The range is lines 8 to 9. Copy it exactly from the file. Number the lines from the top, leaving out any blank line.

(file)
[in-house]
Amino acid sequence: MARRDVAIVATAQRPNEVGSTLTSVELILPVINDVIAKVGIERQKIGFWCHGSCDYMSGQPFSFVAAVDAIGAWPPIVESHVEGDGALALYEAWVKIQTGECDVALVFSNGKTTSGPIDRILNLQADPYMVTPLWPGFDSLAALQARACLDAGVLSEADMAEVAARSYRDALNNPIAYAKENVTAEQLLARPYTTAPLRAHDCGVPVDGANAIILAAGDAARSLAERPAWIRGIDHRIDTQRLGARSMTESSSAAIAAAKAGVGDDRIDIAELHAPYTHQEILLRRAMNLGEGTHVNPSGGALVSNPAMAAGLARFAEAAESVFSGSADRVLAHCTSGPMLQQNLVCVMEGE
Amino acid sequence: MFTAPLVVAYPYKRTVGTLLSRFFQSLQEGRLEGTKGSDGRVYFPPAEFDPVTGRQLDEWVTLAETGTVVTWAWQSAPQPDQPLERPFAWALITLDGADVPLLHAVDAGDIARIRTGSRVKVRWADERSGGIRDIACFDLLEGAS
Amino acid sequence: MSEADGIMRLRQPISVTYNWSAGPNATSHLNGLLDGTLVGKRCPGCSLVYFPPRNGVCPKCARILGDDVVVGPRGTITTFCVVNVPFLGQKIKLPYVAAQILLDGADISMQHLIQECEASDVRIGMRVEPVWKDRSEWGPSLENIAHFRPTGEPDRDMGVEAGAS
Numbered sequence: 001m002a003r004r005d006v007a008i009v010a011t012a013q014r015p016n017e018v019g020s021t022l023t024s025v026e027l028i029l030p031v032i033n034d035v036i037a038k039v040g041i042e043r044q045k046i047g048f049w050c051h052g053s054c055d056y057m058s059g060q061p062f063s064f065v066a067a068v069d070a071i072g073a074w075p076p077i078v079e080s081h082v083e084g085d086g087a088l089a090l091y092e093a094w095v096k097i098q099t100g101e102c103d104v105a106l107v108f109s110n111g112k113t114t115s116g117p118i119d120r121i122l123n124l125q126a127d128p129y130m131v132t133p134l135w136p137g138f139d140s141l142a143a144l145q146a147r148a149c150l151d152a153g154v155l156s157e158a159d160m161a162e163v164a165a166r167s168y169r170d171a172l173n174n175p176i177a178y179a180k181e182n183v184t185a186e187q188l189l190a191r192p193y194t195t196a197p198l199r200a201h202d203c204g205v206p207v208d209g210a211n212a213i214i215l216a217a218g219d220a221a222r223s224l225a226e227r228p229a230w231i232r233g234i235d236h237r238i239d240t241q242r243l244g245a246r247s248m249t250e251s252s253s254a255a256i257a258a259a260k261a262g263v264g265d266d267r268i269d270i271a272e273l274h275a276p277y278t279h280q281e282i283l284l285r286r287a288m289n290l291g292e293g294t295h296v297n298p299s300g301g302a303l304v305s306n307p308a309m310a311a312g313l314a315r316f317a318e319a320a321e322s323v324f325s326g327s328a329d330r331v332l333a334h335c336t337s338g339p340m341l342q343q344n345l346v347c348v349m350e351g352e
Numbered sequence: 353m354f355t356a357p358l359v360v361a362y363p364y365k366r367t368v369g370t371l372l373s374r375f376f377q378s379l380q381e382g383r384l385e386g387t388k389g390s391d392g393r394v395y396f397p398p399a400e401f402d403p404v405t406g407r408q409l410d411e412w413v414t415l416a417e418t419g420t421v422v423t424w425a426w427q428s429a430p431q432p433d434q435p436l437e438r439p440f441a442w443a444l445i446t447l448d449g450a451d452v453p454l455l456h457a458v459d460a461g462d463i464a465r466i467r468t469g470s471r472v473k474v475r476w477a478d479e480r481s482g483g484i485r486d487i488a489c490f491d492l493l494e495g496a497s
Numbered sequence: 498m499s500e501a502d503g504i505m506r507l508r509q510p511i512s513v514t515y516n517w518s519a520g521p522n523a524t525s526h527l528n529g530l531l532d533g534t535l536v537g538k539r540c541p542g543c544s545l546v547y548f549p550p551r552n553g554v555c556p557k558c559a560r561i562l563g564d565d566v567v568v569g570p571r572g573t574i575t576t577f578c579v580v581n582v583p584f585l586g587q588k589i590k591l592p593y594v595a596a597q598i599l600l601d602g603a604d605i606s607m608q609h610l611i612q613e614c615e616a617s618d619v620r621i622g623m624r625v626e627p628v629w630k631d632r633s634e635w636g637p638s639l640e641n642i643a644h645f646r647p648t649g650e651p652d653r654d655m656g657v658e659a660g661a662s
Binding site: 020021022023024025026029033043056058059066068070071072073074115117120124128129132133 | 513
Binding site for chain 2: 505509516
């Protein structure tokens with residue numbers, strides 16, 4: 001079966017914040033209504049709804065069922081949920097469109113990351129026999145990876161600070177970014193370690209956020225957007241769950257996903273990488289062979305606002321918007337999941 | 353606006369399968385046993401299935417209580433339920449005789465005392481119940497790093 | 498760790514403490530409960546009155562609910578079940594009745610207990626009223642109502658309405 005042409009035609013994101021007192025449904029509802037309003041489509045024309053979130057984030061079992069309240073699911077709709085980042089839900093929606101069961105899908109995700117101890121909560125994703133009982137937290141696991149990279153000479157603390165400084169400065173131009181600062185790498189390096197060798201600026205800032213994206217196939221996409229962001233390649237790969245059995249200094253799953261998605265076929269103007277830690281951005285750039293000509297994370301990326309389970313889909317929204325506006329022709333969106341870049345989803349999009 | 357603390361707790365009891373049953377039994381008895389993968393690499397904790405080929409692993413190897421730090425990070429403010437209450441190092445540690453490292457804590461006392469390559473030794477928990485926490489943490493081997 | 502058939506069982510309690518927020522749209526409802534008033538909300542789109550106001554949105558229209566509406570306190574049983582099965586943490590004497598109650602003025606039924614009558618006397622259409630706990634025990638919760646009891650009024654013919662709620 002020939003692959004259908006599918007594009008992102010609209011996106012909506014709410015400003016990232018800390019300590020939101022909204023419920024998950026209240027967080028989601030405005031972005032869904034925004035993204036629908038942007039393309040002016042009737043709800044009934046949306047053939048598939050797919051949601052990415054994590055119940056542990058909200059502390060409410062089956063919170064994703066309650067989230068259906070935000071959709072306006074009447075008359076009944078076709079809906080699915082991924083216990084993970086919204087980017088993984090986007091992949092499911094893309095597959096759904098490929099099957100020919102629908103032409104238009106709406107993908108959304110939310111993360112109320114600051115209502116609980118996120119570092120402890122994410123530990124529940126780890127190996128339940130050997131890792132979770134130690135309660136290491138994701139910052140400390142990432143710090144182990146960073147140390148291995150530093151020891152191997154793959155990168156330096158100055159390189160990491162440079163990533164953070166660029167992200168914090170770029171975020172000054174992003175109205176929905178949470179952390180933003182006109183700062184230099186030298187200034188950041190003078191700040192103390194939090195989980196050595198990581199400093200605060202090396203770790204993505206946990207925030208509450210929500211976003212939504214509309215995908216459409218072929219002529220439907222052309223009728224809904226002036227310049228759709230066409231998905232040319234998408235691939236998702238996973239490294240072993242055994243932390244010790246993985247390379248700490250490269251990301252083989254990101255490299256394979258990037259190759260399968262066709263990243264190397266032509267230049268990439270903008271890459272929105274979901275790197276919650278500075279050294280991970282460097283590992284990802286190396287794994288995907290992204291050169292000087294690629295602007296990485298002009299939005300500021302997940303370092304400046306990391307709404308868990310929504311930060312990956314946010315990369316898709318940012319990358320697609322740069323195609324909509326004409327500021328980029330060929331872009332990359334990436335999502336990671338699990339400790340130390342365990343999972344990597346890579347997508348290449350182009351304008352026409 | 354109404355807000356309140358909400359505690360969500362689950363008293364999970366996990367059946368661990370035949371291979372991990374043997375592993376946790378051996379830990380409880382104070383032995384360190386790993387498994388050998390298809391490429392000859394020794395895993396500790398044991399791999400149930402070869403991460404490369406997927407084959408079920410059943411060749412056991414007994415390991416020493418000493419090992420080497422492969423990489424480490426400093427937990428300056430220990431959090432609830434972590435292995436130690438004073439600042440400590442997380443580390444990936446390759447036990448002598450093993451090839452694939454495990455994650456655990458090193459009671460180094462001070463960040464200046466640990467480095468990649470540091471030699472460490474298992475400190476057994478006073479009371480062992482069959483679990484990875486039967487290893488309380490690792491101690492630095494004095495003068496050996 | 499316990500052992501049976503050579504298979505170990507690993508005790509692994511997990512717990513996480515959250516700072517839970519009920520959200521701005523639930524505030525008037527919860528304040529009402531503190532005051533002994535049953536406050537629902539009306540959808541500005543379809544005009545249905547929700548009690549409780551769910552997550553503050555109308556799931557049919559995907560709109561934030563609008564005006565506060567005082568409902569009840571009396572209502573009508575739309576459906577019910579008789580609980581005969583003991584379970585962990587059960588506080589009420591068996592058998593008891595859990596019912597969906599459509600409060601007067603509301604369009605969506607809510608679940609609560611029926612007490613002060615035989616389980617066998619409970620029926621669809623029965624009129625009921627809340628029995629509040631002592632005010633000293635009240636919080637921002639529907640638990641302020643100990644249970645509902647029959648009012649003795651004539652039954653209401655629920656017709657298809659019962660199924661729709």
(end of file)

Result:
Binding site: 020021022023024025026029033043056058059066068070071072073074115117120124128129132133 | 513
Binding site for chain 2: 505509516